The song is a prolonged warble or twitter, more phrased than that of the American goldfinch incorporating imitations of other species. This American goldfinch ranges from the southwestern United States to Peru, it migrates from the colder parts of its U. S. range. The lesser goldfinch occurs in flocks or at least loose associations, it utilizes any habitat with trees or shrubs except for dense forest, is common and conspicuous in many areas coming near houses. It is common at feeders in the Southwest United States and will come anywhere with thistle sock feeders. Flocks of at least six birds will be seen at feeders, it feeds on tree buds and weed seeds. The nesting season is in summer in the temperate parts of its range, it lays three or four bluish white eggs in a cup nest made of fine plant materials such as lichens and strips of bark, placed in a bush or at low or middle levels in a tree. The moult occurs in two different patterns which coincides with the blackness of the upperparts quite well.

Here too is a broad zone of intergradation. Pacific birds moult after breeding, females shed a few body feathers before breeding too. Juvenile males shed more remiges than females. East of the 106th meridian west, birds moult before breeding and replace another quantity of feathers afterwards, post-juvenal moult does not differ between the sexes. However, this seems dependent on the differing rainfall regimes. Considered a Species of Least Concern by the IUCN due to its vast range, it nonetheless se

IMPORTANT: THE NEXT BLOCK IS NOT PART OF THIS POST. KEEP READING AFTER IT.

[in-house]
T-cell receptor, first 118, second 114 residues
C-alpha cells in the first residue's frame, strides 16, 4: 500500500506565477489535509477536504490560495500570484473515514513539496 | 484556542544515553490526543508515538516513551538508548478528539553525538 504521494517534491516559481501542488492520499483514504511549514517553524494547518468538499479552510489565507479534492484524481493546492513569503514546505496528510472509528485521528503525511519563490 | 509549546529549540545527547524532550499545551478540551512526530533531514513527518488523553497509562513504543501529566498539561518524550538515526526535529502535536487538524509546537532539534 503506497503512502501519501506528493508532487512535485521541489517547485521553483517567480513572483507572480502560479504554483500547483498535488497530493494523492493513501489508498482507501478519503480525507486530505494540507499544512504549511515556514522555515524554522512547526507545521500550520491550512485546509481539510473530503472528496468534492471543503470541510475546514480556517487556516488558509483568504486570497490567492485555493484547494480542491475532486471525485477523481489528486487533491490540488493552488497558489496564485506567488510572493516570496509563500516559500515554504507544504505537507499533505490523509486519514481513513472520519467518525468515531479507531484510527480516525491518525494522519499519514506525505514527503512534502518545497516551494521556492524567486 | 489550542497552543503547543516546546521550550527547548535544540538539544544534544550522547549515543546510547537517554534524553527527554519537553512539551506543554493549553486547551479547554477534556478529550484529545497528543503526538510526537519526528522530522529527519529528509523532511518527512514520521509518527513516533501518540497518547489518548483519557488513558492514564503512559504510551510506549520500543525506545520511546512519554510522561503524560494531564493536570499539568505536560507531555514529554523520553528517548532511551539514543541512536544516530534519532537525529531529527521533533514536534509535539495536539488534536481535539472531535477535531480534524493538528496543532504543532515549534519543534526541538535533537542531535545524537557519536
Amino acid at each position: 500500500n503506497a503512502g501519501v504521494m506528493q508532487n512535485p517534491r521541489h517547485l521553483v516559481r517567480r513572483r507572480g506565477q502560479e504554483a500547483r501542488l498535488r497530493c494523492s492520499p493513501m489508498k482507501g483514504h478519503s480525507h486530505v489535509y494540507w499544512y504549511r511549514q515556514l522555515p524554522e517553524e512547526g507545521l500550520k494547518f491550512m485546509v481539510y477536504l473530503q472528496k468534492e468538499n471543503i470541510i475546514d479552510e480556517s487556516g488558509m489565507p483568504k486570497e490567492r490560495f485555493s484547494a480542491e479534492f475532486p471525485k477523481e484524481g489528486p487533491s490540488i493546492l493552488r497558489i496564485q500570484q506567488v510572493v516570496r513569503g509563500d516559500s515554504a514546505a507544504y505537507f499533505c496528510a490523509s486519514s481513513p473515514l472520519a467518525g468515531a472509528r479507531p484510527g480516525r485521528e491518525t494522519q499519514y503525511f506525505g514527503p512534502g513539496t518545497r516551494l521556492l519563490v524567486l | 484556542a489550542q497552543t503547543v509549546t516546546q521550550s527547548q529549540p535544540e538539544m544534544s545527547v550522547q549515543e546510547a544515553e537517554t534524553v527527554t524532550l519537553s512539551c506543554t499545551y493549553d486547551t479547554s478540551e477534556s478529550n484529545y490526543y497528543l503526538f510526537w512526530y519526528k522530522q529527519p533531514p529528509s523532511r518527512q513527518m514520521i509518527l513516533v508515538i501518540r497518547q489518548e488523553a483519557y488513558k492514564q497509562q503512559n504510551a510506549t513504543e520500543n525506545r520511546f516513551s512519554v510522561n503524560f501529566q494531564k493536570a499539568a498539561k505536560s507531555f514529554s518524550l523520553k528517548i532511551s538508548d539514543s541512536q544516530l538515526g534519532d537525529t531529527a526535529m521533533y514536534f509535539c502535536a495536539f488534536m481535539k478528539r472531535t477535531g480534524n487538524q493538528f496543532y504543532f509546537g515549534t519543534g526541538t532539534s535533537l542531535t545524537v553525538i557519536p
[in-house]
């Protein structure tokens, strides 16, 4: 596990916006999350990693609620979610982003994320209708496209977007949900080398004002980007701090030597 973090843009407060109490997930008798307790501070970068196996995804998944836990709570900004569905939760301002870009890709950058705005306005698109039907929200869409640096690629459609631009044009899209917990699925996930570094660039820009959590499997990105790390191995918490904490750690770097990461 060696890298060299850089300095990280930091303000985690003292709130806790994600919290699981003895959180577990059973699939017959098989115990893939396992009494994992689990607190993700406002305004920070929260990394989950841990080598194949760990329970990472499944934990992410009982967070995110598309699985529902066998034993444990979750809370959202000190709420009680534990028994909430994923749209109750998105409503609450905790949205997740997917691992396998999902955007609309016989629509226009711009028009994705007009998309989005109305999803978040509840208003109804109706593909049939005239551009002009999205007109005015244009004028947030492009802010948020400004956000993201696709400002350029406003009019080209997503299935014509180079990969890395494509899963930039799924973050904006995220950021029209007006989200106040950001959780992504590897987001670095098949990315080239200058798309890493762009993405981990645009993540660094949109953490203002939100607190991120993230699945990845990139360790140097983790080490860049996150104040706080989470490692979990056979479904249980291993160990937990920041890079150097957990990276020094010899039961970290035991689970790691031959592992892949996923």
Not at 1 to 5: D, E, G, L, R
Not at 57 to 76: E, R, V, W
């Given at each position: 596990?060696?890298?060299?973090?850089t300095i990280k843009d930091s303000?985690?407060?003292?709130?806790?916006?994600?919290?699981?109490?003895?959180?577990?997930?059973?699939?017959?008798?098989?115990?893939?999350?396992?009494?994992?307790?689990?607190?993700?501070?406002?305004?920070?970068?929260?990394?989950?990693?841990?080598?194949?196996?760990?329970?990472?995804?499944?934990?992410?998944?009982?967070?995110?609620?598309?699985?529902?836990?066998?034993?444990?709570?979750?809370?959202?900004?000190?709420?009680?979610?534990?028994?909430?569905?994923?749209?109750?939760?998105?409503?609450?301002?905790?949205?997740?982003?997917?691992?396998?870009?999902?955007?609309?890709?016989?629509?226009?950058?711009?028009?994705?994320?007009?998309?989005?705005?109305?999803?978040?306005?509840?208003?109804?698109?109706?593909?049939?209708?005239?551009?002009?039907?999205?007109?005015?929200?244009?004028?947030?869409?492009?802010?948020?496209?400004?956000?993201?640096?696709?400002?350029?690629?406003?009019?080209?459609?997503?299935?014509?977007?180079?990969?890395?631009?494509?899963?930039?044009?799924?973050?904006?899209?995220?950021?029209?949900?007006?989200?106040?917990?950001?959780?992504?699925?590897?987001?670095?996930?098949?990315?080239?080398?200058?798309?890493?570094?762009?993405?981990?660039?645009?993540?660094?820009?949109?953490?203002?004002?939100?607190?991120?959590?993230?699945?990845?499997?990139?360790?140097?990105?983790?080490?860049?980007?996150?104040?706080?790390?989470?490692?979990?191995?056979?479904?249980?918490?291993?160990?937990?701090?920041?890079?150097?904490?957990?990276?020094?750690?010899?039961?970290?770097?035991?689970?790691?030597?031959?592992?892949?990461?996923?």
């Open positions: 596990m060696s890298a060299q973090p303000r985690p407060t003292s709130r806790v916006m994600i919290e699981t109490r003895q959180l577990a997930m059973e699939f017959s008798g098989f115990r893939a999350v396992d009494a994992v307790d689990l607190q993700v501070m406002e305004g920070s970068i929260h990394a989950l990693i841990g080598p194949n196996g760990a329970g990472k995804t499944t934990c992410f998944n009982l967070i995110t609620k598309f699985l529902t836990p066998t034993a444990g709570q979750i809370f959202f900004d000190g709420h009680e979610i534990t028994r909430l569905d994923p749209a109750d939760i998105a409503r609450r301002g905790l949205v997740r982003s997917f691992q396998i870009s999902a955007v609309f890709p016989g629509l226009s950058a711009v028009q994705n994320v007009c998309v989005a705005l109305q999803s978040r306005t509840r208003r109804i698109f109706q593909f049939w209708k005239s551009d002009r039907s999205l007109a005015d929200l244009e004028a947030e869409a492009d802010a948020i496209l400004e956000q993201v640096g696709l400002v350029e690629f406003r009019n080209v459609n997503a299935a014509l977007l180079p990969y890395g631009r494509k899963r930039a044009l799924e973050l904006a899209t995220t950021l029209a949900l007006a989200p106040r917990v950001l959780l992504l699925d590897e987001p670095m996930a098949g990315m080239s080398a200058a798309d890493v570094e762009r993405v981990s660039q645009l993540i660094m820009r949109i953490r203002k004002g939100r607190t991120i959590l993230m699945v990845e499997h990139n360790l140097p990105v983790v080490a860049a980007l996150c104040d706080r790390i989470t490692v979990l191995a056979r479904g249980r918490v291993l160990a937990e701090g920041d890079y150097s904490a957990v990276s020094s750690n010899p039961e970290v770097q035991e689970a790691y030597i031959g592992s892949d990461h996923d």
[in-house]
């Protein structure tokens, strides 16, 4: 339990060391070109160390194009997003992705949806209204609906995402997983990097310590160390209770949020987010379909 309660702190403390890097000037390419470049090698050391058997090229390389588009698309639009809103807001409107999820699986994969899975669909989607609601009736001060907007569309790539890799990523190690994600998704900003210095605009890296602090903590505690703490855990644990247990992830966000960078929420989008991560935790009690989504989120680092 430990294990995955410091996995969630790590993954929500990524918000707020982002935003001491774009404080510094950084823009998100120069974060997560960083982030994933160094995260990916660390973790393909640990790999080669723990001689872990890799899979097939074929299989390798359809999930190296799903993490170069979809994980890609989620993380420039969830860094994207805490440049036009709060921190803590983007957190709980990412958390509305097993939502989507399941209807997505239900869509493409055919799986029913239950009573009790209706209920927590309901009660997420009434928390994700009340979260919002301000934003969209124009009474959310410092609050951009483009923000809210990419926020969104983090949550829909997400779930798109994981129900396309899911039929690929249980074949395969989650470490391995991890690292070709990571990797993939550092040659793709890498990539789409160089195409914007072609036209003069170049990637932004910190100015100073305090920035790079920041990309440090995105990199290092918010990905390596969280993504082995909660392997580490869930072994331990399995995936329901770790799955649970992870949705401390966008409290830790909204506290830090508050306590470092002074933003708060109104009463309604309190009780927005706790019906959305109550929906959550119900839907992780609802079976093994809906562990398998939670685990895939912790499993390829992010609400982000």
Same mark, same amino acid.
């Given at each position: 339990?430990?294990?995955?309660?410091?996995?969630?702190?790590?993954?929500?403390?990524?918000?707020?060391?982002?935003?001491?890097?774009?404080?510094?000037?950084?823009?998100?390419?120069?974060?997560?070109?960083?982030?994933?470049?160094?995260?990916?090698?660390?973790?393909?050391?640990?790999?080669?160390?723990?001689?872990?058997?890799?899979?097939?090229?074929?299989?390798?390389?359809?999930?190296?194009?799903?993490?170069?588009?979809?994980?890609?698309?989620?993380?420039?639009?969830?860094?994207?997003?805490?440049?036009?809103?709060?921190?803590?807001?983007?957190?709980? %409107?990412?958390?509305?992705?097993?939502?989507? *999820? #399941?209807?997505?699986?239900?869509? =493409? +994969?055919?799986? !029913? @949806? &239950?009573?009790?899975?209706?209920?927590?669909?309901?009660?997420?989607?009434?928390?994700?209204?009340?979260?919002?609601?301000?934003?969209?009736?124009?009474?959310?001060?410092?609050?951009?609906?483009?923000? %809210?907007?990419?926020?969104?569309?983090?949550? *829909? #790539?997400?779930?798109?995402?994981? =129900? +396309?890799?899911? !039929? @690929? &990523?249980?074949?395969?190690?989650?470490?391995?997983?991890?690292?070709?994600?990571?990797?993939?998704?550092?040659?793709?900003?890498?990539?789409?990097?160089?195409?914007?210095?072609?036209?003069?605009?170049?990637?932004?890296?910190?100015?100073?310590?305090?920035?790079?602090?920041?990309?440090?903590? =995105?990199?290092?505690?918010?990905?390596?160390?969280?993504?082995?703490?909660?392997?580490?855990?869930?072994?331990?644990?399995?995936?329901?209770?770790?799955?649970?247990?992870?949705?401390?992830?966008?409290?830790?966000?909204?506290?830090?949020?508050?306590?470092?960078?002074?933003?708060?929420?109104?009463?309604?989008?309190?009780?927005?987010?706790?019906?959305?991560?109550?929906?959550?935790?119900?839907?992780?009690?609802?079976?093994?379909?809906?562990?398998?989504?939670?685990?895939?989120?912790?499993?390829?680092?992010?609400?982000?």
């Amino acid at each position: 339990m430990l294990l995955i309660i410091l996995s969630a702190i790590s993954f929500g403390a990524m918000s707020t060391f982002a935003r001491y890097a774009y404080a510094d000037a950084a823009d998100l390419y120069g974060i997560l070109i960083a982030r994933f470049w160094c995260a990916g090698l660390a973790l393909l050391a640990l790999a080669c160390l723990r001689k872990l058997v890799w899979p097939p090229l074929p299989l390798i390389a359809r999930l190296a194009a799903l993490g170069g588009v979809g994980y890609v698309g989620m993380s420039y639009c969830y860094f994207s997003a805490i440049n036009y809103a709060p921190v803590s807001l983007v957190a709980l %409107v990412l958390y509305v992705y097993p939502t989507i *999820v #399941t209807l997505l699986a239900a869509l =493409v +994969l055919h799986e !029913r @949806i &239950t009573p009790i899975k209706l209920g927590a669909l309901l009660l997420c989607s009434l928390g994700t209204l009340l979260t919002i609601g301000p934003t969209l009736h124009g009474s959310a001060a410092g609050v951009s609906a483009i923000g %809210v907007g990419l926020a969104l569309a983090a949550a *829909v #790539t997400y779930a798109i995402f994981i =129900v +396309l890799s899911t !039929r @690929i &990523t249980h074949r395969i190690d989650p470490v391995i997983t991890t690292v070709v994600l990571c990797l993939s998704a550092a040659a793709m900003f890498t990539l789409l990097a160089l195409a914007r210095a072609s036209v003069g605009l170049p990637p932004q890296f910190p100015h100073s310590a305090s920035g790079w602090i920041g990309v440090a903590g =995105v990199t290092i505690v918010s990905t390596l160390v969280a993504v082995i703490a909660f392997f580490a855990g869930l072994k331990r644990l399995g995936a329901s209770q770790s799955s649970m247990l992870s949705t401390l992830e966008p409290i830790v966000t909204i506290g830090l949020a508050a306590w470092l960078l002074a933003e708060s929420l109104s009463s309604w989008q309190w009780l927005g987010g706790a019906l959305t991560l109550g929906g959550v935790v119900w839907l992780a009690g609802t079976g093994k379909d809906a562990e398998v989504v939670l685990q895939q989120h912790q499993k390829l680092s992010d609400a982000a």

Nekrasovskaya line

The Nekrasovskaya line is a metro line of the Moscow Metro. The first segment, between Kosino and Nekrasovka, was opened on 3 June 2019; the second segment is expected to open by the end of 2019 to 2020. City officials expect it to relieve passenger traffic on the Tagansko–Krasnopresnenskaya line once completed; the line will open together with a separate stretch of the Bolshaya Koltsevaya line from Nizhegorodskaya Ulitsa to Aviamotornaya, with through service between them. After the completion of the Bolshaya Koltsevaya line, service will be cut back to Nizhegorodskaya Ulitsa, with a cross-platform interchange to the other line. During construction, the line was referred to as the Kozhukhovskaya line. One concern about the name, which comes from a small village in the region, is that there is a Kozhukhovskaya station on the Lyublinsko–Dmitrovskaya line that got its name from a different village with the same name; therefore there was the possibility of confusion. The city opened a vote via its Active Citizen portal to rename the line to the Nekrasovskaya line.

The respondents voted in favor with 73.4% supporting the name change. As of November 2018, the official Moscow Metro map referred to the line as the Nekrasovskaya line; this marked the second time in two years that Moscow residents voted for a name change for a new transit line. In 2017, a similar vote resulted in a name change for the Bolshaya Koltsevaya line from its working name – Third Interchange Contour